Wilber’s letter convinced the HOA landscape review board to include Zoysia on the list of approved grasses. “The homeowners saved money by not having to replace their healthy grass with failing turf,” she said.

Helping Welt went a long way toward helping all residents of Haile Plantation, said attorney Robert Bunn, who represented homeowners in litigation against the HOA. “Without [Wilber’] intervention, the homeowners would have to contend with a failing, unsustainable grass,” Bunn said. “The implication of this resolution is that homeowners in Florida can turn to UF/IFAS researchers and Extension agents to mediate these disputes. IFAS should be the final authority on plants and landscaping, which will help HOAs and residents arrive at peaceful solutions.”


By: Beverly James, 352-273-3566, beverlymjames@ufl.edu


Source: Wendy Wilber, 352-273-4521, wilbewl@ufl.edu

Robert Bunn, 352-213-3920, robert@strategiclaw.com


Extension St. Johns County to host annual Datil Pepper Festival and Home and Garden Show Oct. 3-4

Topic(s): Uncategorized


GAINESVILLE, Fla. — The UF/IFAS Extension St. Johns County eighth annual Datil Pepper Festival and Home and Garden Show will be held on Oct. 3 and 4.

The weekend of events will kick off with the Datil Pepper Festival at 10 a.m., Saturday Oct. 3 with a presentation from Bonnie Wells, UF/IFAS Extension St. Johns County agriculture agent, “450 Years of Agriculture in St. Johns County.”

The highlight of the weekend is Saturday’s Datil Pepper Festival Restaurant Cook-Off, featuring datil inspired cuisine prepared by participating local restaurants. Participating restaurants will create an appetizer and entrée, using the datil pepper.

There are two divisions in the competition: Professional and People’s Choice. The professional division will be privately judged by a panel of local celebrity chefs, food enthusiasts and county officials. The people’s choice division is judged by the participating public (festival attendees who buy taste tickets). Taste tickets are $1 and go on sale 30 minutes before the cook-off. Awards will include cash and trophies.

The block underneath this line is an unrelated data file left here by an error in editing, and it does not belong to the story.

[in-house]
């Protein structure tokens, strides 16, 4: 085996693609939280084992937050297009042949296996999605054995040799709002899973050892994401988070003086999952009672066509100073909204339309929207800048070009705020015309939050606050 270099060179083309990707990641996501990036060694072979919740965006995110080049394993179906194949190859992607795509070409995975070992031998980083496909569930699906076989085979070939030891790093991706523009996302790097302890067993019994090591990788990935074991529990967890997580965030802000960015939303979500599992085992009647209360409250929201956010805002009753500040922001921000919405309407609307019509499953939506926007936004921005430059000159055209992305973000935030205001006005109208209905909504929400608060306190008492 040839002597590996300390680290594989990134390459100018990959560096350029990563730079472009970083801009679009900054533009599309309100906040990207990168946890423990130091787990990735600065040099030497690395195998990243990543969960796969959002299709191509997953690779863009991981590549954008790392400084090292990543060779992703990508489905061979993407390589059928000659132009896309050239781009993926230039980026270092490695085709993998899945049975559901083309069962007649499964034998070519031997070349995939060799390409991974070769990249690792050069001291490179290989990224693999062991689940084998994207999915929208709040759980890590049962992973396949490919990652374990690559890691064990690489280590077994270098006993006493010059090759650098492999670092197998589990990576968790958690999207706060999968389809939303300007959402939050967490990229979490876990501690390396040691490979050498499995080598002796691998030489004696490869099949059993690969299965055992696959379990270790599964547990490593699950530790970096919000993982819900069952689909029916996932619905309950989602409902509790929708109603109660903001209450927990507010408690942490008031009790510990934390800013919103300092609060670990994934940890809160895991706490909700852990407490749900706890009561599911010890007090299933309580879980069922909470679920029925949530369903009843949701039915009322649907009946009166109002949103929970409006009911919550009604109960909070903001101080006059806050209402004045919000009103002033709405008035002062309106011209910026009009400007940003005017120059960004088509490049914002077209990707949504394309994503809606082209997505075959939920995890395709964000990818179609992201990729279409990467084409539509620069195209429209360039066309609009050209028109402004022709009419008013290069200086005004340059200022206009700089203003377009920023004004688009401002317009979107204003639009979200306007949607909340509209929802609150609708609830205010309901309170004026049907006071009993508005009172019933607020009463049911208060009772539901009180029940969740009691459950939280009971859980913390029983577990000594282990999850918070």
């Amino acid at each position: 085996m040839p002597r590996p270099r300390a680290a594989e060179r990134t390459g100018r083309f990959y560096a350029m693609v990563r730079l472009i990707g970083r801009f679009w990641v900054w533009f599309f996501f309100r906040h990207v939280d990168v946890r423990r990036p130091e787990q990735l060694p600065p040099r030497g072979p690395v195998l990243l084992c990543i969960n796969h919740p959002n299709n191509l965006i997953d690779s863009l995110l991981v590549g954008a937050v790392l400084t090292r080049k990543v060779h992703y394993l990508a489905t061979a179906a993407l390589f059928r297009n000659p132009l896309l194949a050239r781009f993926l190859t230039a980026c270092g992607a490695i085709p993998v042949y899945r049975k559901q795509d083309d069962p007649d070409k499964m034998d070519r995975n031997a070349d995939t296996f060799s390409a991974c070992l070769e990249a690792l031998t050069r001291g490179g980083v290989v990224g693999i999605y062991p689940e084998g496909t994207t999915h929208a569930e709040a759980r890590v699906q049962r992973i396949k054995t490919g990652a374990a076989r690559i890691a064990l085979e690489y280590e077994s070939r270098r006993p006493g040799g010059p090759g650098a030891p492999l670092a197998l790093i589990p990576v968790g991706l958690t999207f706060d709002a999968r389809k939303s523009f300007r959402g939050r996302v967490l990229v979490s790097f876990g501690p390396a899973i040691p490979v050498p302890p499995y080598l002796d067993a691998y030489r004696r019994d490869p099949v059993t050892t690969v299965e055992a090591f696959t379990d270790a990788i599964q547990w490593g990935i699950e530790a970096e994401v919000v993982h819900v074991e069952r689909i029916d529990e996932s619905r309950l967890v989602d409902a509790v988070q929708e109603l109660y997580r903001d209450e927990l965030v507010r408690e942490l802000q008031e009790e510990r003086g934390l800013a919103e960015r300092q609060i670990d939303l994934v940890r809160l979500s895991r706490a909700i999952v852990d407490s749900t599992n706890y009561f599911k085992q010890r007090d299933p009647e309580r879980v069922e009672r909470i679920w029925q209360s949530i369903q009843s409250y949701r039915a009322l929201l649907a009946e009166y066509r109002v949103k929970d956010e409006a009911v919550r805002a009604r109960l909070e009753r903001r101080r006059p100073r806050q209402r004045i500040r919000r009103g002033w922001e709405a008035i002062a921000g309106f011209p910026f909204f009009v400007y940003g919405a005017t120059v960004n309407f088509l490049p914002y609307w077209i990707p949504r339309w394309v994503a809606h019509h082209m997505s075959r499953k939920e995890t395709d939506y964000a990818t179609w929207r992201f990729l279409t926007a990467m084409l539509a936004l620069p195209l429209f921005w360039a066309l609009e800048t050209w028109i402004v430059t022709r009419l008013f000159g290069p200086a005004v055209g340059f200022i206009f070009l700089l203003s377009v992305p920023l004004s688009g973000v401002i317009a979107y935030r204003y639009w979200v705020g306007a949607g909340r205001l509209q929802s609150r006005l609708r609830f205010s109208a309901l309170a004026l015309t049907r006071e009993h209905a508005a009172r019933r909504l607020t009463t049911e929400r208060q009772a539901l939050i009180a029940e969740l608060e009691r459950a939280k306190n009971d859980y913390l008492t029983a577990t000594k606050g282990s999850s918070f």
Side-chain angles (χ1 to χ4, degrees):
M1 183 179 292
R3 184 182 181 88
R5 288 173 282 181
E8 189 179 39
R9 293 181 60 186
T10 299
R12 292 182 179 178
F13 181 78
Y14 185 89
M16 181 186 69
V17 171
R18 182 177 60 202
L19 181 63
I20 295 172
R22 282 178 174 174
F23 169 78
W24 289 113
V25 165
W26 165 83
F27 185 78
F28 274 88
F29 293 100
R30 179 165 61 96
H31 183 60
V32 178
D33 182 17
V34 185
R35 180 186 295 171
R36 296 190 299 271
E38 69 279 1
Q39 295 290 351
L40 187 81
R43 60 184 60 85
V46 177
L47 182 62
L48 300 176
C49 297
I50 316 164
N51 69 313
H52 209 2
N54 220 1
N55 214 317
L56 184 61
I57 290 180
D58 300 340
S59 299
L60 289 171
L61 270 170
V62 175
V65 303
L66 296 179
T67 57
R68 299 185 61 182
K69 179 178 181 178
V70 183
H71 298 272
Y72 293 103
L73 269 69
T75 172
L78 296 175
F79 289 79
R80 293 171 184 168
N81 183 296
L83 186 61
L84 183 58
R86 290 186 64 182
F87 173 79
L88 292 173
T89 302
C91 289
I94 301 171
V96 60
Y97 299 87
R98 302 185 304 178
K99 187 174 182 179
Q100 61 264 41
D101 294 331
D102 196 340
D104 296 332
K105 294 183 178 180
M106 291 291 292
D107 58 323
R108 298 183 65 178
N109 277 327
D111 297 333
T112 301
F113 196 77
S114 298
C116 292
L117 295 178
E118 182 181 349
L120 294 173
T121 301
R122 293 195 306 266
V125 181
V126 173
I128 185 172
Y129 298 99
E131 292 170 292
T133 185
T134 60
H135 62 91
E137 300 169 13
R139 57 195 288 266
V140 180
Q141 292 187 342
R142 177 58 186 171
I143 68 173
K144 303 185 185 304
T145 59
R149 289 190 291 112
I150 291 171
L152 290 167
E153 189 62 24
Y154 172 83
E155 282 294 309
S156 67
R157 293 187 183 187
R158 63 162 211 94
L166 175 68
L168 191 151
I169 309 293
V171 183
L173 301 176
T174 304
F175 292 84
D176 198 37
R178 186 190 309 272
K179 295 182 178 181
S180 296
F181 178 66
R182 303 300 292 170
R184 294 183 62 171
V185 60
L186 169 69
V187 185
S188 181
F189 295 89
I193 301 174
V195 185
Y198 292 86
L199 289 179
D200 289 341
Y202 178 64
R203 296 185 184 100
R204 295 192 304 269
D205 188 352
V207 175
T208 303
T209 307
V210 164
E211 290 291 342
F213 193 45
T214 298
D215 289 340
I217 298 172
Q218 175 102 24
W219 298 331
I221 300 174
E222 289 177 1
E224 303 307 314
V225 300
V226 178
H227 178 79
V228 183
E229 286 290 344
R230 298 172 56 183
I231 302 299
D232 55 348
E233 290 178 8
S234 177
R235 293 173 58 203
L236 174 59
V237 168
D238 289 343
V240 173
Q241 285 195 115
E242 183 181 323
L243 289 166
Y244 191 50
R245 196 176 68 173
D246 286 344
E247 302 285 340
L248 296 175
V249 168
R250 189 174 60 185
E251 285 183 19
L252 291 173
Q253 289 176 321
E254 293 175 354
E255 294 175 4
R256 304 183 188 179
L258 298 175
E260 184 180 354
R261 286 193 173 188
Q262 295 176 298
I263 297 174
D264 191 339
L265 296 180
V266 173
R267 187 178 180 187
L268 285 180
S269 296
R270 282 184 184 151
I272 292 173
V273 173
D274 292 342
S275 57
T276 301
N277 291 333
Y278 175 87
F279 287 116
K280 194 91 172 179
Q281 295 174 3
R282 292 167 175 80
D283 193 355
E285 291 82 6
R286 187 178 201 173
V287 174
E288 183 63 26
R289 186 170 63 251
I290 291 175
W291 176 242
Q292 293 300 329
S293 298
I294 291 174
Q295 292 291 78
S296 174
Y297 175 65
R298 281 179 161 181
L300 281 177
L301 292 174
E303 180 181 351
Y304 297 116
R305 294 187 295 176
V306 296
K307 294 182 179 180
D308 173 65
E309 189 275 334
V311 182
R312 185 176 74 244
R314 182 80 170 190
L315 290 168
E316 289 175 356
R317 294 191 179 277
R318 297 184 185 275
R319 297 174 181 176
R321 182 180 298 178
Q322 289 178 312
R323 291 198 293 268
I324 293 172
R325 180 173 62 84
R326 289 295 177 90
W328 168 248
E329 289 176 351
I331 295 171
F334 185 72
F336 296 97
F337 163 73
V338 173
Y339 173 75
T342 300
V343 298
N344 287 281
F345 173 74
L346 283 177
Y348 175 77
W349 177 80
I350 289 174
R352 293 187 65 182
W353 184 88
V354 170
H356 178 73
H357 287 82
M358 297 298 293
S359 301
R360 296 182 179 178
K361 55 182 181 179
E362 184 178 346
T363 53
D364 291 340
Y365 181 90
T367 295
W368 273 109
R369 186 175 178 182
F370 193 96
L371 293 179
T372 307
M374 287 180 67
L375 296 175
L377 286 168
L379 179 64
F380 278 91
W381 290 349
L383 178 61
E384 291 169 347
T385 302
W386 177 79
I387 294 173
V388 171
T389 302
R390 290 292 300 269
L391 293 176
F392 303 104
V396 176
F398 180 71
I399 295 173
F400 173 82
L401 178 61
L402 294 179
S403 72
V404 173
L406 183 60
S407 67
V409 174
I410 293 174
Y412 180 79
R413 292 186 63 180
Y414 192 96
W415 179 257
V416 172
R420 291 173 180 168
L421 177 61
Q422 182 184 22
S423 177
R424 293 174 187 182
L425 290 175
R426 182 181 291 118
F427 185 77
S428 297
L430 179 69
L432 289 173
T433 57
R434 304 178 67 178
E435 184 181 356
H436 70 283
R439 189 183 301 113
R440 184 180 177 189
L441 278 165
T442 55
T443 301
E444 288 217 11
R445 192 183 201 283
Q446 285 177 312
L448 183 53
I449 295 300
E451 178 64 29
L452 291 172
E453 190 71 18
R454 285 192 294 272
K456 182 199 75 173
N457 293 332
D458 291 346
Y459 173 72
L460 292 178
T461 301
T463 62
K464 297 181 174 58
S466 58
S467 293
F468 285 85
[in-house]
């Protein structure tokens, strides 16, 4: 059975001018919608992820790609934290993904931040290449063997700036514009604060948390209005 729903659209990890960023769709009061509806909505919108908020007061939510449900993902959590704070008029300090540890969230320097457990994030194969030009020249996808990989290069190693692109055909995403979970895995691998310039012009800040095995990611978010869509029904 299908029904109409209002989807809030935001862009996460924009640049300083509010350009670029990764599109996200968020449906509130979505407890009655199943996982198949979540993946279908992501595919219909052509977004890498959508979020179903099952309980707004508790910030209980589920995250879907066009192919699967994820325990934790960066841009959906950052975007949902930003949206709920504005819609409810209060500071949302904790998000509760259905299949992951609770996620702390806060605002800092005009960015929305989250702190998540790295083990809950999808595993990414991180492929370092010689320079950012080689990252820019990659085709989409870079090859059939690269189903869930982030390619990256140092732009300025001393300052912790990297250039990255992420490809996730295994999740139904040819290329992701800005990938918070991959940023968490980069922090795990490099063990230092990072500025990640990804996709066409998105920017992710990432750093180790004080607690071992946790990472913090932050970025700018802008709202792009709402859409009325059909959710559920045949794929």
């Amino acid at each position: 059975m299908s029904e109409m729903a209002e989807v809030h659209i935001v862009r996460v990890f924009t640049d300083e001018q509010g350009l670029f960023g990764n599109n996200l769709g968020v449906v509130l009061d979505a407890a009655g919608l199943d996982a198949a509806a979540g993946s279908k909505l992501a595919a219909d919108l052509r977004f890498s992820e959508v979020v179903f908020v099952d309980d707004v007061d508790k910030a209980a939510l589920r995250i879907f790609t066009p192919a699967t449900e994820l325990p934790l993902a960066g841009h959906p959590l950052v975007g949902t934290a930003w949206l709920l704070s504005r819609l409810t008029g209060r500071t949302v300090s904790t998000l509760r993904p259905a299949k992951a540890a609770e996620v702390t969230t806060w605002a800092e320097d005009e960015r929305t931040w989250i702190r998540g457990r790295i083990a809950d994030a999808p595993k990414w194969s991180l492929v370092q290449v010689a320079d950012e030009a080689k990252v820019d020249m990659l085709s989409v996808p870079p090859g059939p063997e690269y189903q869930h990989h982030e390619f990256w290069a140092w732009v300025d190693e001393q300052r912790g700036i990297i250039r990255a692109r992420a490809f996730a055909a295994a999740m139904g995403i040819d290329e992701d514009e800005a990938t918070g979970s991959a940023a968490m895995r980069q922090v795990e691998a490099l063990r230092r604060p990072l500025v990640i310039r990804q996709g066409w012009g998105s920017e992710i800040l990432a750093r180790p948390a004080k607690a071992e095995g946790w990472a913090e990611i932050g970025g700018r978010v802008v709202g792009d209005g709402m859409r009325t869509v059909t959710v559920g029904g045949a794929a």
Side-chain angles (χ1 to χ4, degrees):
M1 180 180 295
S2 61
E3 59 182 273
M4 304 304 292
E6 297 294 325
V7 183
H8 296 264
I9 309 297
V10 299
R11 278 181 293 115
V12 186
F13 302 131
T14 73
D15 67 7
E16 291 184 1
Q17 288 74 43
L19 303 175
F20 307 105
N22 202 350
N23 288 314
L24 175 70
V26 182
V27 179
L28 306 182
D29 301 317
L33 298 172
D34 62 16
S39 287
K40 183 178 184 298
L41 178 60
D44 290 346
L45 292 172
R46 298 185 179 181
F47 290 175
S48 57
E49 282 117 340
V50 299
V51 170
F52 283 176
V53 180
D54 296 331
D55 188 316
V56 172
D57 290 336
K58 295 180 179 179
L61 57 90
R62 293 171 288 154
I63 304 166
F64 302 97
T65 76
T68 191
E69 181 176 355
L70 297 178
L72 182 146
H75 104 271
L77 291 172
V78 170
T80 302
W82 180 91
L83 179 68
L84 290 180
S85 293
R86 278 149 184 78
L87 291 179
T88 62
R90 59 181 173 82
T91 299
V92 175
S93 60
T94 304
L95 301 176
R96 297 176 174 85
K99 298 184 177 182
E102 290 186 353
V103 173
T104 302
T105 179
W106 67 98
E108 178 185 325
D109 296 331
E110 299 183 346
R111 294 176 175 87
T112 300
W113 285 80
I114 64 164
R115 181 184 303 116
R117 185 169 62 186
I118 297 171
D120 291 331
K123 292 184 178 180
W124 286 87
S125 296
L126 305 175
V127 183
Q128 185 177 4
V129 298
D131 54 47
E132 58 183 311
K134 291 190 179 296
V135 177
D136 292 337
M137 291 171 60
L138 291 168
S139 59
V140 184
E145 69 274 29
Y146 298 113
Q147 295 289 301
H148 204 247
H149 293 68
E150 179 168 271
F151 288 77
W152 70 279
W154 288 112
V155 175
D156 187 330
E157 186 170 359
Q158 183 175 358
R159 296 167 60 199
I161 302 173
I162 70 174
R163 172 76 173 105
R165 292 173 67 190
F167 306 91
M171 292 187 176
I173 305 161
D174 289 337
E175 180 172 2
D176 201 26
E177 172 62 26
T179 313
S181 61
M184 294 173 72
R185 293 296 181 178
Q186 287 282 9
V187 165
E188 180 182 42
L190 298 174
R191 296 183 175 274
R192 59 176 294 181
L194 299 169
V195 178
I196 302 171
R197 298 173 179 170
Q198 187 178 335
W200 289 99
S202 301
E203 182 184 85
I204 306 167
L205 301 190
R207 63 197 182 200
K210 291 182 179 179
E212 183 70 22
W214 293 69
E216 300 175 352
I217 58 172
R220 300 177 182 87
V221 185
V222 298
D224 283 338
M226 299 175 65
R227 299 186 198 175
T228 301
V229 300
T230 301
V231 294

Also on Saturday, there will be an Amateur Datil Pepper Hot Sauce Contest. Hot sauce entries should be submitted to the UF/IFAS Extension St. Johns County Agricultural Center by 4 pm Friday October 2. Multiple entries are accepted per individual.

A private panel of judges will decide the winning hot sauce and a cash prize will be awarded. Submission forms for the hot sauce contest can be found at http://stjohns.ifas.ufl.edu

The Home and Garden Show, which will be held on both days, will feature vendors with plant sales, gifts, crafts, datil pepper products, and will include educational events such as garden talks, rain barrel and composter workshops, a Master Gardener Plant Clinic and an Open Horticulture Show featuring unique container plants created by residents of St. Johns County. Wendy Wilber, UF/IFAS Extension Statewide Master Gardener Coordinator will be the featured speaker at 10 a.m., Sunday Oct. 4.




Saturday- Datil Pepper Festival and Home and Garden Show (9 a.m. – 4 p.m.)


9:00 a.m.- Grounds open for Home and Garden Show


10:00 a.m.- Datil Pepper Festival Begins


Kick-Off Presentation: UF/IFAS Extension St. Johns County Agricultural Center Wind Mitigation Building, 3111 Agriculture